In 2015, a committee of ten physicians lobbied Columbia University to sever ties with him (where he holds a faculty position). They claim he dispenses questionable medical advice on TV and had shown 'an egregious lack of integrity by promoting quack treatments and cures in the interest of personal financial gain.' The damning claims continue as they say he has repeatedly shown disdain for science and for evidence-based medicine.
Now now, this seems pretty harsh, right? You may even jump to the conclusion that these may be his contemporaries who are jealous of his success.
But in the following instances, he was caught dispensing not-so-great advice to his daily audience of more than 4 million people across 118 countries.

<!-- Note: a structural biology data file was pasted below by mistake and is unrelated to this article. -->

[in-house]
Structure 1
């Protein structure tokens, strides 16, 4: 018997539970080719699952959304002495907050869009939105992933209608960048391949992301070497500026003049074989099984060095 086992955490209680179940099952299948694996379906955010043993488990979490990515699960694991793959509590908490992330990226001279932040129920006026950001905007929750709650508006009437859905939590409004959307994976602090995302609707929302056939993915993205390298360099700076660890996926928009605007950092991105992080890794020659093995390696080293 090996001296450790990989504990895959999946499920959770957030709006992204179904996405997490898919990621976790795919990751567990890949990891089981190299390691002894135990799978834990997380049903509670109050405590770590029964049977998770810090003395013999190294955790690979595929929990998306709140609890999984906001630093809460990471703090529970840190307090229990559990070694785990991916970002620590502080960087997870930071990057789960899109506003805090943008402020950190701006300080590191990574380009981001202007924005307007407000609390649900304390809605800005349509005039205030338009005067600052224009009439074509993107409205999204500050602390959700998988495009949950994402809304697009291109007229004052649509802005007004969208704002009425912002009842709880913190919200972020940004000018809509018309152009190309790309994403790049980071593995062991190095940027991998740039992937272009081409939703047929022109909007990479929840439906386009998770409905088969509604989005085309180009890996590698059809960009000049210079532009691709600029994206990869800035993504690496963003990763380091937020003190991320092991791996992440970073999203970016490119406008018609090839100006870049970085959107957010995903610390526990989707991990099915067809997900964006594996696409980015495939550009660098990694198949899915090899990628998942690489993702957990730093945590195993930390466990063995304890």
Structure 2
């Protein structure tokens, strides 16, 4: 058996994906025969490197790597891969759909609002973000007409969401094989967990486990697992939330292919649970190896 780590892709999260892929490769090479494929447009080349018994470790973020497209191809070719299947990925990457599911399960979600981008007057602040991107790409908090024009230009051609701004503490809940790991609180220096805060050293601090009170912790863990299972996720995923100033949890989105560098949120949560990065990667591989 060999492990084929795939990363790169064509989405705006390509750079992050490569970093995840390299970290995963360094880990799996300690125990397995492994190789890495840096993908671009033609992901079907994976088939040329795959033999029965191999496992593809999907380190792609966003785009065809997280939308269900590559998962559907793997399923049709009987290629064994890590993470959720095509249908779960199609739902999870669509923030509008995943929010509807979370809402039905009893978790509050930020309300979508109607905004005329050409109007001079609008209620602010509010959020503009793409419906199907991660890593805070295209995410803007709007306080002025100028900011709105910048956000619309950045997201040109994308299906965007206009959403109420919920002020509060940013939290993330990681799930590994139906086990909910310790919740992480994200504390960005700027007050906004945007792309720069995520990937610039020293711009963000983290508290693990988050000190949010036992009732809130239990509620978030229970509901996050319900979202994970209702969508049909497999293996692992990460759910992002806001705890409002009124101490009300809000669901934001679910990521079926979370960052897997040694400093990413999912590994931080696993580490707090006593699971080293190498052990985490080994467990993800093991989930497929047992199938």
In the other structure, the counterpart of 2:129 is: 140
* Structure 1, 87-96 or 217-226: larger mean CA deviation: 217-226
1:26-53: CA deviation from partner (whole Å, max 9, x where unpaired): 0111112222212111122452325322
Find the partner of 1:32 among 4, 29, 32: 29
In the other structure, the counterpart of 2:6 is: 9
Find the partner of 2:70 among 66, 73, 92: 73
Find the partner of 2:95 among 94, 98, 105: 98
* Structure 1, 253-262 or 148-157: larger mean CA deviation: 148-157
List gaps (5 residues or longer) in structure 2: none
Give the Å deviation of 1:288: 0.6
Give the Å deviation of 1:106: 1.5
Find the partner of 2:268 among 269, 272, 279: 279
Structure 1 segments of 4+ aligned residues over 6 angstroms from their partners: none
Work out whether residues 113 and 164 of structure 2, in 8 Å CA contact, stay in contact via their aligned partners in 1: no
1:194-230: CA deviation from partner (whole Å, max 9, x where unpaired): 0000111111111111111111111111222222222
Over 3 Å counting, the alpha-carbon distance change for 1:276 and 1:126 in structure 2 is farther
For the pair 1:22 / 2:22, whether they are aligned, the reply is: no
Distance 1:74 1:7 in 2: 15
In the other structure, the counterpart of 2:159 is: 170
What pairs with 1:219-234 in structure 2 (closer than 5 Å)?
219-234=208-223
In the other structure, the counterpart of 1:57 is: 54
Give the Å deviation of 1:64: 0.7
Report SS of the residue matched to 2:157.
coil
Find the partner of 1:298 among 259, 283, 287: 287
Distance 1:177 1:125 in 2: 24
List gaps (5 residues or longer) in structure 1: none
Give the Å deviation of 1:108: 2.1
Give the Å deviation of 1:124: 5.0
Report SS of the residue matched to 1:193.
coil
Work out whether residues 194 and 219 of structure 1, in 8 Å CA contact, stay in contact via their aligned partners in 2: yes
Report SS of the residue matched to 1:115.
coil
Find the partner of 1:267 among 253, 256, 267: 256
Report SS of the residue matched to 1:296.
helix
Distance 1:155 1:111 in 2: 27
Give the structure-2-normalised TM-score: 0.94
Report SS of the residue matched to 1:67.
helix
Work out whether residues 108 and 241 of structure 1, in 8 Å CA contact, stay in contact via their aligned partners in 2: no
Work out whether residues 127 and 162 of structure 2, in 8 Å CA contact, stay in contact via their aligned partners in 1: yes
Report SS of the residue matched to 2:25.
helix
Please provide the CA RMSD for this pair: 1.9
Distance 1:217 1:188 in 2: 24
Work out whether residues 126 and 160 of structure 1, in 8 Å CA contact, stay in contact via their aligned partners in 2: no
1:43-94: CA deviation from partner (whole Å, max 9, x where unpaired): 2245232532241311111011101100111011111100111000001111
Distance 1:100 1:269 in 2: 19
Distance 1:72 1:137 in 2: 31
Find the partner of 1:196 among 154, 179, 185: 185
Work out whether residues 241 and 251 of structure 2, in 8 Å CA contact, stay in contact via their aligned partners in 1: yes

11 Amalgam Fillings
In a 2013 taping of The Dr. Oz Show, there was a panel of experts who claimed that amalgam fillings were poisonous. They claimed that with every movement of your mouth, mercury vapor is released from your fillings. Eating, chewing, grinding, any movement of your teeth could all be poisoning you.
To prove their point, they brought a model of the human mouth with amalgam fillings in the teeth, and proceeded to brush the 'teeth' vigorously. They measured some mercury gas coming off the fillings as proof of their claim.
Soon after the episode aired, dentists were quick to point out the flaws in this 'diagnosis'. First, the test didn't accurately replicate the way people brush or the real conditions of a human mouth. Dr. Oz was also accused of using the wrong language as he was interchanging the terms 'amalgam filling' and 'silver filling'. They are two different compounds with different uses and shouldn't be interchanged. Amidst all this 'misdirection', it emerged that the invited experts also had books to sell.